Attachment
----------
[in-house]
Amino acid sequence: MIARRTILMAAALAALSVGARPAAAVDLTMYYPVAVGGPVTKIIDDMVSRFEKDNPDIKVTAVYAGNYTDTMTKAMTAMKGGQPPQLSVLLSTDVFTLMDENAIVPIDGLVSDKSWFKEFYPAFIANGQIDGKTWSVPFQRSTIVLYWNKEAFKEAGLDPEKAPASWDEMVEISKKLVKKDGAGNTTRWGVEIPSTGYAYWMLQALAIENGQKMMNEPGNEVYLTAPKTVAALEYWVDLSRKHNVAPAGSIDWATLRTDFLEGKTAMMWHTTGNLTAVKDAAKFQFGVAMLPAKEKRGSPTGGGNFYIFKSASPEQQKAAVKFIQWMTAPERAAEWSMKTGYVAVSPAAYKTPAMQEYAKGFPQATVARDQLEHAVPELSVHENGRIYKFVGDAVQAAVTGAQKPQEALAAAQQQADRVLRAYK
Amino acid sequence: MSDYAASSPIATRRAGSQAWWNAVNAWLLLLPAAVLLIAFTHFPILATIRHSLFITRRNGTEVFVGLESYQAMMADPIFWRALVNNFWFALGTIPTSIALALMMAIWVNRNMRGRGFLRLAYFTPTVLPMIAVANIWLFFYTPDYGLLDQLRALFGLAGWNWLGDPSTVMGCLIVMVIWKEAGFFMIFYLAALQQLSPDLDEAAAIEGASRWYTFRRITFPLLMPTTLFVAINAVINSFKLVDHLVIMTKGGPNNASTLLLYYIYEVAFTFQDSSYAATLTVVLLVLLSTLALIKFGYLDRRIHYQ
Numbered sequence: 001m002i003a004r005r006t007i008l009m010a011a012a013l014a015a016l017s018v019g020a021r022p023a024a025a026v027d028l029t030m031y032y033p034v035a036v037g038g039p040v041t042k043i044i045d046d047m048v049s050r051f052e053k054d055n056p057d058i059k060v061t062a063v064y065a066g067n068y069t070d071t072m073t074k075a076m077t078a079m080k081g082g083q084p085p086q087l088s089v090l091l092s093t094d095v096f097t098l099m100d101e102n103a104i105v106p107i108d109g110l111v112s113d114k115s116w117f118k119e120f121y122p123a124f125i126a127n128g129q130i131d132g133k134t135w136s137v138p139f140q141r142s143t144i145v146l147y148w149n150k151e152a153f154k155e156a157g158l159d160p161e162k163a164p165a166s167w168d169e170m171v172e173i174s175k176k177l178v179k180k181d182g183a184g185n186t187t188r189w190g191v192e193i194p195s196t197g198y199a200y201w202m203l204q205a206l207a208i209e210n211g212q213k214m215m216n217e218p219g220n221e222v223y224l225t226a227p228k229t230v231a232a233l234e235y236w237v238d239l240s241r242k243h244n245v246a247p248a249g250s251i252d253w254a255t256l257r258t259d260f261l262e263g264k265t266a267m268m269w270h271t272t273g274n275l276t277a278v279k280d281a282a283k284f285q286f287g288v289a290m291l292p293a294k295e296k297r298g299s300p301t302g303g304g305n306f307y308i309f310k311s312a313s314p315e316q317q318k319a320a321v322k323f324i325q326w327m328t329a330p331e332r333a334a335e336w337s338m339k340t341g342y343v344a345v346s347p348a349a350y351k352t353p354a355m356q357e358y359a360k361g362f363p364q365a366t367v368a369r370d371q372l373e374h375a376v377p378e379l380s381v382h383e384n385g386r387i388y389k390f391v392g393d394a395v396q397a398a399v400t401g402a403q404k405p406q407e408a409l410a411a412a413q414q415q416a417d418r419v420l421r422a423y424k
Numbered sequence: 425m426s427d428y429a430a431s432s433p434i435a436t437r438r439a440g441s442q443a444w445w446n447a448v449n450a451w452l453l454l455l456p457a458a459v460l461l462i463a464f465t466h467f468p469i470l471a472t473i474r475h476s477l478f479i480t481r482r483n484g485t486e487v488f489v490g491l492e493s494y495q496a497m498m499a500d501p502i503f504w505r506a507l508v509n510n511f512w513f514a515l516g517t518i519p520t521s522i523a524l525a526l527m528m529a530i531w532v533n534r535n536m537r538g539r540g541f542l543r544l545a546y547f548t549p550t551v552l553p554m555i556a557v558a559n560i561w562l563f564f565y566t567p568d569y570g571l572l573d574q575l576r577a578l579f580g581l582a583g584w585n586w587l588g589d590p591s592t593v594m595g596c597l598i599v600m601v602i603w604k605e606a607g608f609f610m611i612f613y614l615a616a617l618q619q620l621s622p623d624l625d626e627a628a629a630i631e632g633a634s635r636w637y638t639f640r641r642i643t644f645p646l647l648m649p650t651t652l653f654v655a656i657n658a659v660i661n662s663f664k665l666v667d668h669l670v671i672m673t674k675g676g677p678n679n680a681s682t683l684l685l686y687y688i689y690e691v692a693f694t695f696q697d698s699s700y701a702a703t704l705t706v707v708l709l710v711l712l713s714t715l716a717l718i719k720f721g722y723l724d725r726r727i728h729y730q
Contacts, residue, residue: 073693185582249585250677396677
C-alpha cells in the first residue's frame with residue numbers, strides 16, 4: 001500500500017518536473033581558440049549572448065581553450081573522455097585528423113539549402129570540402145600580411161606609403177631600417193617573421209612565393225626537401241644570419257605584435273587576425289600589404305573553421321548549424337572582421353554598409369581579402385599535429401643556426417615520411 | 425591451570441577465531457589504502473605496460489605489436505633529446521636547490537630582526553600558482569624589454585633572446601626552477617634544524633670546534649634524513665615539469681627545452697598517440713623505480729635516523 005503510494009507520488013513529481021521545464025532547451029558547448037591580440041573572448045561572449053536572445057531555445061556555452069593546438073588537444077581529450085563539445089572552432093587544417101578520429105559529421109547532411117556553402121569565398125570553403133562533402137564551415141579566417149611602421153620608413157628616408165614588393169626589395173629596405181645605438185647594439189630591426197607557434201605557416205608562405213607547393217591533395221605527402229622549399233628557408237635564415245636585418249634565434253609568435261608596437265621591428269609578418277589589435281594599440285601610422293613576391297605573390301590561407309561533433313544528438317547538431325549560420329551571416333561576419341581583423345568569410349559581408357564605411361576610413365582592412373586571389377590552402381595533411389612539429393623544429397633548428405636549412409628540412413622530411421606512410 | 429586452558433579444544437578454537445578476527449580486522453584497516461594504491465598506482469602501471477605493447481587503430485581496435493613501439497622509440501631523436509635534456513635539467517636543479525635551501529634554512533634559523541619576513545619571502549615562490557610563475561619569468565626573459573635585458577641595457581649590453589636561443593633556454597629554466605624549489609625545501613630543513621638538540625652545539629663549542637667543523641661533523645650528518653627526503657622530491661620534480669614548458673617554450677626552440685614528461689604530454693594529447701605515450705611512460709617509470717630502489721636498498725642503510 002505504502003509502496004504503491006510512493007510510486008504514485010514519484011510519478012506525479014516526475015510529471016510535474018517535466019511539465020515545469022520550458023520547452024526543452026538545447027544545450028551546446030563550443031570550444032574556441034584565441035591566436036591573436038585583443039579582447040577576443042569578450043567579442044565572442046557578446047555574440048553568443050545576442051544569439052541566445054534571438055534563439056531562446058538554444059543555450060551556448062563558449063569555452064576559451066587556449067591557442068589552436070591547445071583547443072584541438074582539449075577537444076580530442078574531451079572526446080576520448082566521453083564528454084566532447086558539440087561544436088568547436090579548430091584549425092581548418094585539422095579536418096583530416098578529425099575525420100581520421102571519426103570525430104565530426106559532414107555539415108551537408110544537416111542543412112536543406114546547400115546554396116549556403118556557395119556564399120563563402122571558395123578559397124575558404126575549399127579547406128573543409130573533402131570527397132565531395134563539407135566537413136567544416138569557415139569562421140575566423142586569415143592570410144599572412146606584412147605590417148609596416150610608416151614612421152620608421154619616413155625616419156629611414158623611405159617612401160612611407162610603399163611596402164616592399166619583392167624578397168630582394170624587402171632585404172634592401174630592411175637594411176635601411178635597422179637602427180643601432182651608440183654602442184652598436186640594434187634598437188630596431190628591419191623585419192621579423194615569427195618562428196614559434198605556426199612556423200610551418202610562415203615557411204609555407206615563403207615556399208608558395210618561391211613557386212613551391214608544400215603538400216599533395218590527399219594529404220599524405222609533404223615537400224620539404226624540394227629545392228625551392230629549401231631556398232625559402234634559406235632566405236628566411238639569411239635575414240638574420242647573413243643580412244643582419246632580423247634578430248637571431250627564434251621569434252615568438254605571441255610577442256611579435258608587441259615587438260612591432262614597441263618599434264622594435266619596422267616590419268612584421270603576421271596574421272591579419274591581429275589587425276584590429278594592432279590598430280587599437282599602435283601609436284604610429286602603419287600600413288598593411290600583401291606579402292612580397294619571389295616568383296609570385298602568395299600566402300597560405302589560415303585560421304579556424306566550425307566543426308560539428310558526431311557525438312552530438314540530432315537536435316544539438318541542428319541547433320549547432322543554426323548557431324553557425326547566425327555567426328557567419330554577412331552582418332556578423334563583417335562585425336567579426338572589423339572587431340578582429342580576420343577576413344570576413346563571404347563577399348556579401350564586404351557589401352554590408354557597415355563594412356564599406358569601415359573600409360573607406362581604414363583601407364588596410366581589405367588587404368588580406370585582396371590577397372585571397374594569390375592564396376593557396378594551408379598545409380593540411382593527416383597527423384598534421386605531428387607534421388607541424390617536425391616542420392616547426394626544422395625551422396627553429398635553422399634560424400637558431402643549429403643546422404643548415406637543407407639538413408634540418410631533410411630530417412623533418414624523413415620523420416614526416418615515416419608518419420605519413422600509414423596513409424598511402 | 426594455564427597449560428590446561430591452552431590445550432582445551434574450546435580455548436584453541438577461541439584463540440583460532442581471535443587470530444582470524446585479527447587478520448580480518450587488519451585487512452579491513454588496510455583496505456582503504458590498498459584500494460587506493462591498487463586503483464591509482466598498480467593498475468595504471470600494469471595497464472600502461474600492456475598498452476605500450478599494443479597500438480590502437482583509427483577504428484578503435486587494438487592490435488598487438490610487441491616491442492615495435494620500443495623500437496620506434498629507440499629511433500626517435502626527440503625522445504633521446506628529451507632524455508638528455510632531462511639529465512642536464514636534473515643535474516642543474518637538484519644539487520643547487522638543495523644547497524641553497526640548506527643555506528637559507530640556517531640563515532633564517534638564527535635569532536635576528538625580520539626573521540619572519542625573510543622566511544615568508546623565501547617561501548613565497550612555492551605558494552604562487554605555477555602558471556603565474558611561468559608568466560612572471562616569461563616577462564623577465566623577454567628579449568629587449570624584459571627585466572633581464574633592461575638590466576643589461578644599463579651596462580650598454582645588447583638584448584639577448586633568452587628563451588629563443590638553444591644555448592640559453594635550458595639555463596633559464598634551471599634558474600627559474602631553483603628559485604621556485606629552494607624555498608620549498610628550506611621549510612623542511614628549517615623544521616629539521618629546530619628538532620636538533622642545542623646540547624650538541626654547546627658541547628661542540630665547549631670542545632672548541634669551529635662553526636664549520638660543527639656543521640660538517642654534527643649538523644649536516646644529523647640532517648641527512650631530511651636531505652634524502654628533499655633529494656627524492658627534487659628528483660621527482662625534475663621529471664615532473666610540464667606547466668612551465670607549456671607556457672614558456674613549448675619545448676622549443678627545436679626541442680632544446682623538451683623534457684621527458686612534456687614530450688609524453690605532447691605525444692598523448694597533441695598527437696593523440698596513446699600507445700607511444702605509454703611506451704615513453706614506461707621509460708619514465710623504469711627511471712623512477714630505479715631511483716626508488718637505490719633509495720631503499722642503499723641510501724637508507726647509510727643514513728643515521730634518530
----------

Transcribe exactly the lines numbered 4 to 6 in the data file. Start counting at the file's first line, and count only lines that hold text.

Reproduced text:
Numbered sequence: 001m002i003a004r005r006t007i008l009m010a011a012a013l014a015a016l017s018v019g020a021r022p023a024a025a026v027d028l029t030m031y032y033p034v035a036v037g038g039p040v041t042k043i044i045d046d047m048v049s050r051f052e053k054d055n056p057d058i059k060v061t062a063v064y065a066g067n068y069t070d071t072m073t074k075a076m077t078a079m080k081g082g083q084p085p086q087l088s089v090l091l092s093t094d095v096f097t098l099m100d101e102n103a104i105v106p107i108d109g110l111v112s113d114k115s116w117f118k119e120f121y122p123a124f125i126a127n128g129q130i131d132g133k134t135w136s137v138p139f140q141r142s143t144i145v146l147y148w149n150k151e152a153f154k155e156a157g158l159d160p161e162k163a164p165a166s167w168d169e170m171v172e173i174s175k176k177l178v179k180k181d182g183a184g185n186t187t188r189w190g191v192e193i194p195s196t197g198y199a200y201w202m203l204q205a206l207a208i209e210n211g212q213k214m215m216n217e218p219g220n221e222v223y224l225t226a227p228k229t230v231a232a233l234e235y236w237v238d239l240s241r242k243h244n245v246a247p248a249g250s251i252d253w254a255t256l257r258t259d260f261l262e263g264k265t266a267m268m269w270h271t272t273g274n275l276t277a278v279k280d281a282a283k284f285q286f287g288v289a290m291l292p293a294k295e296k297r298g299s300p301t302g303g304g305n306f307y308i309f310k311s312a313s314p315e316q317q318k319a320a321v322k323f324i325q326w327m328t329a330p331e332r333a334a335e336w337s338m339k340t341g342y343v344a345v346s347p348a349a350y351k352t353p354a355m356q357e358y359a360k361g362f363p364q365a366t367v368a369r370d371q372l373e374h375a376v377p378e379l380s381v382h383e384n385g386r387i388y389k390f391v392g393d394a395v396q397a398a399v400t401g402a403q404k405p406q407e408a409l410a411a412a413q414q415q416a417d418r419v420l421r422a423y424k
Numbered sequence: 425m426s427d428y429a430a431s432s433p434i435a436t437r438r439a440g441s442q443a444w445w446n447a448v449n450a451w452l453l454l455l456p457a458a459v460l461l462i463a464f465t466h467f468p469i470l471a472t473i474r475h476s477l478f479i480t481r482r483n484g485t486e487v488f489v490g491l492e493s494y495q496a497m498m499a500d501p502i503f504w505r506a507l508v509n510n511f512w513f514a515l516g517t518i519p520t521s522i523a524l525a526l527m528m529a530i531w532v533n534r535n536m537r538g539r540g541f542l543r544l545a546y547f548t549p550t551v552l553p554m555i556a557v558a559n560i561w562l563f564f565y566t567p568d569y570g571l572l573d574q575l576r577a578l579f580g581l582a583g584w585n586w587l588g589d590p591s592t593v594m595g596c597l598i599v600m601v602i603w604k605e606a607g608f609f610m611i612f613y614l615a616a617l618q619q620l621s622p623d624l625d626e627a628a629a630i631e632g633a634s635r636w637y638t639f640r641r642i643t644f645p646l647l648m649p650t651t652l653f654v655a656i657n658a659v660i661n662s663f664k665l666v667d668h669l670v671i672m673t674k675g676g677p678n679n680a681s682t683l684l685l686y687y688i689y690e691v692a693f694t695f696q697d698s699s700y701a702a703t704l705t706v707v708l709l710v711l712l713s714t715l716a717l718i719k720f721g722y723l724d725r726r727i728h729y730q
Contacts, residue, residue: 073693185582249585250677396677